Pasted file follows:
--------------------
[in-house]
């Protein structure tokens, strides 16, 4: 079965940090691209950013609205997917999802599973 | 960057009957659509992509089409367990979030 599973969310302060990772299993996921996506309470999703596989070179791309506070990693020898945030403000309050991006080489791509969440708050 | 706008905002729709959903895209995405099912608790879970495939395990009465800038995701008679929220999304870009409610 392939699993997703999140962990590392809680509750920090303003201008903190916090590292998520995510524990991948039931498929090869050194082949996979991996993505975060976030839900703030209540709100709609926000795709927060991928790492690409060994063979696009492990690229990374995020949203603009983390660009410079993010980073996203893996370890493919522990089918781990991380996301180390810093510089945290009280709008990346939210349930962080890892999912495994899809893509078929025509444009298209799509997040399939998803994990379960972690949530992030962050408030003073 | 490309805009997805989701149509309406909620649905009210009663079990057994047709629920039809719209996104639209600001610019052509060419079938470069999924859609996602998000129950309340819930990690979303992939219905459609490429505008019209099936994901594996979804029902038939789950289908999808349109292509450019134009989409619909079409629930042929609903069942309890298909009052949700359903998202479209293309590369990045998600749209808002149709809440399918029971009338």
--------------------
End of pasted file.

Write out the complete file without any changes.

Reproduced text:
[in-house]
């Protein structure tokens, strides 16, 4: 079965940090691209950013609205997917999802599973 | 960057009957659509992509089409367990979030 599973969310302060990772299993996921996506309470999703596989070179791309506070990693020898945030403000309050991006080489791509969440708050 | 706008905002729709959903895209995405099912608790879970495939395990009465800038995701008679929220999304870009409610 392939699993997703999140962990590392809680509750920090303003201008903190916090590292998520995510524990991948039931498929090869050194082949996979991996993505975060976030839900703030209540709100709609926000795709927060991928790492690409060994063979696009492990690229990374995020949203603009983390660009410079993010980073996203893996370890493919522990089918781990991380996301180390810093510089945290009280709008990346939210349930962080890892999912495994899809893509078929025509444009298209799509997040399939998803994990379960972690949530992030962050408030003073 | 490309805009997805989701149509309406909620649905009210009663079990057994047709629920039809719209996104639209600001610019052509060419079938470069999924859609996602998000129950309340819930990690979303992939219905459609490429505008019209099936994901594996979804029902038939789950289908999808349109292509450019134009989409619909079409629930042929609903069942309890298909009052949700359903998202479209293309590369990045998600749209808002149709809440399918029971009338």